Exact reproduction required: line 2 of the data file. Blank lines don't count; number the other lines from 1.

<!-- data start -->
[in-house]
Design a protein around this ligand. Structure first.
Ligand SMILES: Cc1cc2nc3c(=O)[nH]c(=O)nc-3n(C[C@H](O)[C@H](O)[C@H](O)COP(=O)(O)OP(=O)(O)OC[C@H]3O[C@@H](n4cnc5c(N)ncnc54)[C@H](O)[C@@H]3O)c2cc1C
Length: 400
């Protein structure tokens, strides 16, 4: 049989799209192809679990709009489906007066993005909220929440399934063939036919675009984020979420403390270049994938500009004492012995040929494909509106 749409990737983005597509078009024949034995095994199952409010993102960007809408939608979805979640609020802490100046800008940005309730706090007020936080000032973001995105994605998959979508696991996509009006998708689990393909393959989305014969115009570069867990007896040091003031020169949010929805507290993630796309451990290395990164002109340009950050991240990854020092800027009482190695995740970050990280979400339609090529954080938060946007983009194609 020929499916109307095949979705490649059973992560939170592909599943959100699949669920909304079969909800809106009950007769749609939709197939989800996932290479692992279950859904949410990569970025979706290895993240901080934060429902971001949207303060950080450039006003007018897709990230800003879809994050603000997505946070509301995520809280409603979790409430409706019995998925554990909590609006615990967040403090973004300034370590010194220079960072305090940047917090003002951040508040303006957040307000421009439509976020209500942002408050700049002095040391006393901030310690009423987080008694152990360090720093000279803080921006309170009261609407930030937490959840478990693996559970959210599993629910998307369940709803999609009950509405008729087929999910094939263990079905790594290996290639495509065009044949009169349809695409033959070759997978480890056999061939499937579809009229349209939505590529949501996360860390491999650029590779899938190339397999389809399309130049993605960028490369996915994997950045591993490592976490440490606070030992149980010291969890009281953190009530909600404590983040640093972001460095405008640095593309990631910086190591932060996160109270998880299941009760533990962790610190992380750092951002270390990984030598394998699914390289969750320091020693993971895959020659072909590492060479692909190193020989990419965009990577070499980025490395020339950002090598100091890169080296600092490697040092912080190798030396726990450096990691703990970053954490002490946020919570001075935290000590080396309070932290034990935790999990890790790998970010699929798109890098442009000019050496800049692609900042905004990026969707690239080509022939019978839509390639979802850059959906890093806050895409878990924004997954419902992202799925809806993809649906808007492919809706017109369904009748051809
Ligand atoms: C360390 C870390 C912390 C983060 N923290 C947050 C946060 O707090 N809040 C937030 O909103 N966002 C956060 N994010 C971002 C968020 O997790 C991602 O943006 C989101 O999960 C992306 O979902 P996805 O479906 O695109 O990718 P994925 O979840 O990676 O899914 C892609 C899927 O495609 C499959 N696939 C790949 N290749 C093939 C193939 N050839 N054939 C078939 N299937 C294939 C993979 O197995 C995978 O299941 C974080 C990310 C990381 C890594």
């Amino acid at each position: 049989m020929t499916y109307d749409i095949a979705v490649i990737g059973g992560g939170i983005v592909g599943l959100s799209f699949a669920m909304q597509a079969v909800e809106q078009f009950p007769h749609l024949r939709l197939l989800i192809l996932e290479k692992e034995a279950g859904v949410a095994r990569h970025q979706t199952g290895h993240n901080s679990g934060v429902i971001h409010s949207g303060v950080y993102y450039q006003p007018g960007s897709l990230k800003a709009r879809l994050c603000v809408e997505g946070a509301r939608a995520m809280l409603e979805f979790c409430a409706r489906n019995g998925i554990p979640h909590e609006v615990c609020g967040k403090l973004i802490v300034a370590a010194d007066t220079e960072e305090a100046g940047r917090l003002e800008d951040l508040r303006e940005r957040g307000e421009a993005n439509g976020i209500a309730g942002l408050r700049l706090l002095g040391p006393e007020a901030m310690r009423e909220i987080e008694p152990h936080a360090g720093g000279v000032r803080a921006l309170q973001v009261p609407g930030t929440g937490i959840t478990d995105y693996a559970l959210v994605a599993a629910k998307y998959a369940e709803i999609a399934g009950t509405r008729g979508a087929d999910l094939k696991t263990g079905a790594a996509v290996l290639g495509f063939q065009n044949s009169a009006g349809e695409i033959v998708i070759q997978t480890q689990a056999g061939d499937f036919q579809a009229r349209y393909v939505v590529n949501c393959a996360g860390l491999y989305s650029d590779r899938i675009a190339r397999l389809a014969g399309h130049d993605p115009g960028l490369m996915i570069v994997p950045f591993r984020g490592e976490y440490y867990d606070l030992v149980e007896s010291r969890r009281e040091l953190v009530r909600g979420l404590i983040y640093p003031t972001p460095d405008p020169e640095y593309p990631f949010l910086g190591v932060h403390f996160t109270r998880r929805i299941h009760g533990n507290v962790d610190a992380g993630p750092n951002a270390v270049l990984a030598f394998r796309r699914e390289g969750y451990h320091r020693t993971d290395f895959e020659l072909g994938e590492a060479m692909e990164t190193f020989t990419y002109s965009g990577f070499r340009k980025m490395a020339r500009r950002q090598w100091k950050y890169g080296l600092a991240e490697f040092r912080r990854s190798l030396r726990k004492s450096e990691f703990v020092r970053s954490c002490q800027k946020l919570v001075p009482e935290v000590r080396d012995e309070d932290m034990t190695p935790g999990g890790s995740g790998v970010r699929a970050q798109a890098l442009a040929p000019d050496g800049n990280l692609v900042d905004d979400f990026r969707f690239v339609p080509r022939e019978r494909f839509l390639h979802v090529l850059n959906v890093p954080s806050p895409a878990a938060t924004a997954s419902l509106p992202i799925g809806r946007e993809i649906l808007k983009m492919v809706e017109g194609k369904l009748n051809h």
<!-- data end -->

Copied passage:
Design a protein around this ligand. Structure first.